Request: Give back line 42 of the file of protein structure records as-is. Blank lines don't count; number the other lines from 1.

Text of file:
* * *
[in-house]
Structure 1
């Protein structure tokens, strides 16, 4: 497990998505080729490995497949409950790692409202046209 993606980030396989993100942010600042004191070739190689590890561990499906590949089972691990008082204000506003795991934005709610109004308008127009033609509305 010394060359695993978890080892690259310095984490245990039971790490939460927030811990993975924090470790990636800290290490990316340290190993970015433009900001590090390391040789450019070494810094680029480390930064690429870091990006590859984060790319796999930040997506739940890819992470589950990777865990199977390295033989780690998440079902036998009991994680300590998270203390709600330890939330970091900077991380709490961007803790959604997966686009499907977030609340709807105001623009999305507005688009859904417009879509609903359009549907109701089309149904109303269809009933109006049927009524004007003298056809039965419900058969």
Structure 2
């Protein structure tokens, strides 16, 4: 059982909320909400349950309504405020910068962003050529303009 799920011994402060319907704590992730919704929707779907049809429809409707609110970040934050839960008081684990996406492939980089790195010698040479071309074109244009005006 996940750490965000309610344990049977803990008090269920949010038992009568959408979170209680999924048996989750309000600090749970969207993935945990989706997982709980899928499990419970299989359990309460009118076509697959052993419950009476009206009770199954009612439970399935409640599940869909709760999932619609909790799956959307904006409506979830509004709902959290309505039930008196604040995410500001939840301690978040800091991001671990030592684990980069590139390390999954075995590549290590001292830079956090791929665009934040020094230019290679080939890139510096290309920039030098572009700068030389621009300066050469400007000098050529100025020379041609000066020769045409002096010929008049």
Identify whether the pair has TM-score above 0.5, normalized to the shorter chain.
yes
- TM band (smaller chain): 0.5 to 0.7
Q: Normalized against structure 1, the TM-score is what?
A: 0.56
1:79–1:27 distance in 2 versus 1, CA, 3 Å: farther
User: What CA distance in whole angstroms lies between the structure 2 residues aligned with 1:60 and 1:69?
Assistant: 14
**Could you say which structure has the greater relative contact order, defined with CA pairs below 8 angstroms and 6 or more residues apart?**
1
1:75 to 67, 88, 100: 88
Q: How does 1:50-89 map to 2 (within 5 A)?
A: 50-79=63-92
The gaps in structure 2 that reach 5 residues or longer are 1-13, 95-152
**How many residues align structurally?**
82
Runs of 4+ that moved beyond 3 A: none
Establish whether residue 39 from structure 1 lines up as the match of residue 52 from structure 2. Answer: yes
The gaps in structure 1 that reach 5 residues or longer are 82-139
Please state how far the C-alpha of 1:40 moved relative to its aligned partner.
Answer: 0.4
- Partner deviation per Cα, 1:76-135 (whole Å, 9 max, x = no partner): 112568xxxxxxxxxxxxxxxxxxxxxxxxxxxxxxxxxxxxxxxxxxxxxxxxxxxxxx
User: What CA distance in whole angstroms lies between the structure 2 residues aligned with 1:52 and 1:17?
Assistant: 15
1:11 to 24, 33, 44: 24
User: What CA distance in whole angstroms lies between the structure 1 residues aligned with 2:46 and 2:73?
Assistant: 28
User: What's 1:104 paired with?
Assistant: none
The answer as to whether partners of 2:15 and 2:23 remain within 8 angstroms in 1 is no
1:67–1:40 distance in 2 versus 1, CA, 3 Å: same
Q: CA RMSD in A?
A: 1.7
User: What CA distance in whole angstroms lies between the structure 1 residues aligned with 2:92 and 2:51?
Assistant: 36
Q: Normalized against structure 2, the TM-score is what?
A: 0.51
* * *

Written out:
A: 0.51